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The Guardian - UK
The Guardian - UK
Jamie Grierson

‘I’m scared of the police’: Met report unearths misogyny, homophobia and racism

A motorcycle police officer from the Metropolitan police
The Casey review heard accounts of the problems faces by some officers and civilian employees. Photograph: Leon Neal/Getty Images

The Casey review has unearthed a series of alarming stories exposing misogyny, homophobia and racism inside the Metropolitan police.

‘We’ve looked at the figures, use of force isn’t being used enough’

A Metropolitan police officer, G, described a disturbing session where a group of new officers were brought together and shown numerous examples of video footage in which force had been used against the guidelines of “proportionate, legal, accountable and necessary” but were presented as examples of good practice and proportionate use of force.

One example included footage of a Taser being used on a man who was in hospital, wearing a hospital gown and not presenting any sign of danger.

G spoke about her experience of working on a Sapphire team investigating rape and other sexual offences, and the resourcing issues they faced. She told the review that the unit’s freezers, which held and preserved evidence obtained from victims and survivors of sexual violence including swabs, blood, urine and underwear, would be so full it would take three officers to close them: one person to push the door closed, one person to hold it shut and one to secure the lock.

All the fridges used for rape kits were in bad shape, packed full and ruining evidence.

In the heatwave in 2022, G said one freezer broke down and all the evidence had to be destroyed because it could no longer be used.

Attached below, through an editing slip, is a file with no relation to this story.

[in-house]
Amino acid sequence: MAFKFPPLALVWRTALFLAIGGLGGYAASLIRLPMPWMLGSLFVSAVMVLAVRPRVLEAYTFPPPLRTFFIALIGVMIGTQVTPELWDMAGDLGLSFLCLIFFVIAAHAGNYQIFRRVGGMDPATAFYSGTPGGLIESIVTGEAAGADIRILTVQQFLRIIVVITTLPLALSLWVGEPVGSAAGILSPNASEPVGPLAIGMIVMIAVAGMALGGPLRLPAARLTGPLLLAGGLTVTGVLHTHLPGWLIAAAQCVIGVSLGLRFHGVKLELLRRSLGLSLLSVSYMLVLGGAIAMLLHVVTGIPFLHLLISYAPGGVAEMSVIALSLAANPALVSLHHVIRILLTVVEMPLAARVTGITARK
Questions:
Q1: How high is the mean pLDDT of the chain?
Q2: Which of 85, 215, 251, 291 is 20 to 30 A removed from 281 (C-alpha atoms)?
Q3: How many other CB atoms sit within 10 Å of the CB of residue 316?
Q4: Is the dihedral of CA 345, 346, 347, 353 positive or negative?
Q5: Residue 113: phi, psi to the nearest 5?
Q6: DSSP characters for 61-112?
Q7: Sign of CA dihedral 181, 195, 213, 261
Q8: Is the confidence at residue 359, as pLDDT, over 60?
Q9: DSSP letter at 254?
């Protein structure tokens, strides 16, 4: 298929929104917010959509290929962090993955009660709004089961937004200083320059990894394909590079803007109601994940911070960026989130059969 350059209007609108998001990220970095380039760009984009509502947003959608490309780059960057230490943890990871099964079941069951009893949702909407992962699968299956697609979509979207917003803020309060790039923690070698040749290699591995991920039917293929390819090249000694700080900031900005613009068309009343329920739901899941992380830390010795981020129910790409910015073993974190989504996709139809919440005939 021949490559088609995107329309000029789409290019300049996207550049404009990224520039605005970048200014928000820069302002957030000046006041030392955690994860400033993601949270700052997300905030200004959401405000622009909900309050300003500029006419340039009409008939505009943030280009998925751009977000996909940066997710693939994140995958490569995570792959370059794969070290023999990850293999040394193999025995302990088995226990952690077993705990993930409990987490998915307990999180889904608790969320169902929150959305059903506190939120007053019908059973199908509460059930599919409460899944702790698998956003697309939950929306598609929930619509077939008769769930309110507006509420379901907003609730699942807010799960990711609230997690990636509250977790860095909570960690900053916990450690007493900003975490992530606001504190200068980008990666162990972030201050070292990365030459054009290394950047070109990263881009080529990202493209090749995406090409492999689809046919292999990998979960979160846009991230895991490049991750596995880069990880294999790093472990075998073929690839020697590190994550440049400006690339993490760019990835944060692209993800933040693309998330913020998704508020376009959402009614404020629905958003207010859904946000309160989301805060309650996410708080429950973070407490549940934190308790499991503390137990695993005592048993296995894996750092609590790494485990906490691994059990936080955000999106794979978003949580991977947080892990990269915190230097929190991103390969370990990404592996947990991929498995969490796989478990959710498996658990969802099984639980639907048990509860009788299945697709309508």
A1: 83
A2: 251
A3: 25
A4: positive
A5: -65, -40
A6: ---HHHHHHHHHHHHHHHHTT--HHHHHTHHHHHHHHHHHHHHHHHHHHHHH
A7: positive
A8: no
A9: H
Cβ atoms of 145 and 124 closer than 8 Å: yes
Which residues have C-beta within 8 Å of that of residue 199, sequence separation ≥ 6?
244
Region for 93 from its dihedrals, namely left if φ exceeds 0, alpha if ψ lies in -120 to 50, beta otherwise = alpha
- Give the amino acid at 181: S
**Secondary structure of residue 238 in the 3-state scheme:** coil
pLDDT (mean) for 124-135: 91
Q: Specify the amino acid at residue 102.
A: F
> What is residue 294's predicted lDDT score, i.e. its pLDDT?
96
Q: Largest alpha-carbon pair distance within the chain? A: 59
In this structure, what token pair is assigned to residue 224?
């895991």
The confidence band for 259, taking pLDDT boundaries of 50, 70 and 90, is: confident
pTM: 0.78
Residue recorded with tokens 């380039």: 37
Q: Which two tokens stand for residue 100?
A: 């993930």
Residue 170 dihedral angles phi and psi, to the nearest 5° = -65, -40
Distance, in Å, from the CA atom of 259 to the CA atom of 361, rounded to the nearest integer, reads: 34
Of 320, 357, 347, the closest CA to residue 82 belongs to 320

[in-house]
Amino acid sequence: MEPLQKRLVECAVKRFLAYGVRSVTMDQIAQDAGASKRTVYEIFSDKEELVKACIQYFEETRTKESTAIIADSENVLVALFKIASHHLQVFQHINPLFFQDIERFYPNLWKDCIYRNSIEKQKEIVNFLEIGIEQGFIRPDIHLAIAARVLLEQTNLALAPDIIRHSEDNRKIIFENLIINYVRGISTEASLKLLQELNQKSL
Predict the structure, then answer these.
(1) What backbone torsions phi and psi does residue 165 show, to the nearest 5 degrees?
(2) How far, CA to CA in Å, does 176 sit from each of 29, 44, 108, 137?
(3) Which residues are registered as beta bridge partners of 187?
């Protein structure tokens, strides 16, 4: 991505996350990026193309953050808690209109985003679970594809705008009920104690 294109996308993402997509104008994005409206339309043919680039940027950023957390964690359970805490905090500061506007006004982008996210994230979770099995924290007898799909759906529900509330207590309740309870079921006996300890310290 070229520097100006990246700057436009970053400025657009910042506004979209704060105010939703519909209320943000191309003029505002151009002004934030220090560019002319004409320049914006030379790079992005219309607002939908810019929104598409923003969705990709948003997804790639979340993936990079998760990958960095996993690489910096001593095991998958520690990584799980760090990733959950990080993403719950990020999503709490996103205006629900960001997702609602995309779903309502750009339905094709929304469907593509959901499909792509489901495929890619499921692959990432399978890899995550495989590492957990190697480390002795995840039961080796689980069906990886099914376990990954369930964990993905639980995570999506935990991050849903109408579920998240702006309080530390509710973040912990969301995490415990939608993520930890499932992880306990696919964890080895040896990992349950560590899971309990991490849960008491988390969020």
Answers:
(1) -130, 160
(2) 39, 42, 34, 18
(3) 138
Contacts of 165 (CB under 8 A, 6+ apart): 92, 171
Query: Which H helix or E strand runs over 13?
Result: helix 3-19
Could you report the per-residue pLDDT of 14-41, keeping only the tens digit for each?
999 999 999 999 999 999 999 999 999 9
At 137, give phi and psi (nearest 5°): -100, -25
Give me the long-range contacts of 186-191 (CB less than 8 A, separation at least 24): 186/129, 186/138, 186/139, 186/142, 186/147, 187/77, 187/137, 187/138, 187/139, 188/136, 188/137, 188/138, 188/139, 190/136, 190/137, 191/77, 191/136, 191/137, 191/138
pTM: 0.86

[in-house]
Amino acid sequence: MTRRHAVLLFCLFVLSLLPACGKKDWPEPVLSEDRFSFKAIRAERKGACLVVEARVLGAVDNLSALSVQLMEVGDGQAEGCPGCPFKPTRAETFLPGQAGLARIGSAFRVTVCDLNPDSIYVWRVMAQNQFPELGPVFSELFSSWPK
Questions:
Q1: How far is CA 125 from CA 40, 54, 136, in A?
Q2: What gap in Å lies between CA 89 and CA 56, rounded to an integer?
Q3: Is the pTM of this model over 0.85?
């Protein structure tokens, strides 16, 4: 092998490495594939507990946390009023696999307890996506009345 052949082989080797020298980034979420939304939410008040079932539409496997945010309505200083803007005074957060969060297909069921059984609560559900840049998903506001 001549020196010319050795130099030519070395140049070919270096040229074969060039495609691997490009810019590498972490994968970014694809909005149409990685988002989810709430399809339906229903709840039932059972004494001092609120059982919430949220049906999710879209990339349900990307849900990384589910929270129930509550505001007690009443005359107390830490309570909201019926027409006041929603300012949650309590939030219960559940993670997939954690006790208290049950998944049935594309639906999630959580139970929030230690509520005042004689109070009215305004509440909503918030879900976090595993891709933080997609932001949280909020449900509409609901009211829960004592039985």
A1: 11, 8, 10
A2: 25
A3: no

‘I lost consciousness, he raped me’

A was a victim of domestic and sexual abuse at the hands of a fellow Met officer during a long-term relationship, the report says.

During one of her first postings she met her abuser, X, and they started a relationship.

The abuse escalated significantly and A was regularly attending work clearly distressed and with bruising on her wrists and face. She says the abuse was an open secret on their team but few people wanted to speak up.

“He smacked me round the face, I lost consciousness, he raped me,” she told the review. “I had a black eye, a split lip.”

An investigation was opened, closed and reopened, but within days of the murder of Sarah Everard by Wayne Couzens, a serving Metropolitan police officer, A says she received a one-line email from the Directorate of Professional Standards (DPS), the Met’s complaints body, saying they had decided to take no further action on her case.

‘It’s your word against his’

L is a female officer who was sexually assaulted in the workplace on multiple occasions by a more senior male officer.

L says the officer would frequently touch her inappropriately: forcing her to sit on his lap, touching her on intimate parts of her body while she was getting changed in the communal changing rooms, and deliberately bruising her arms while claiming he was demonstrating “officer safety moves”.

L undertook a video interview, and a witness of her abuse provided a full written account. Months later, she found out by chance that the case had been dismissed.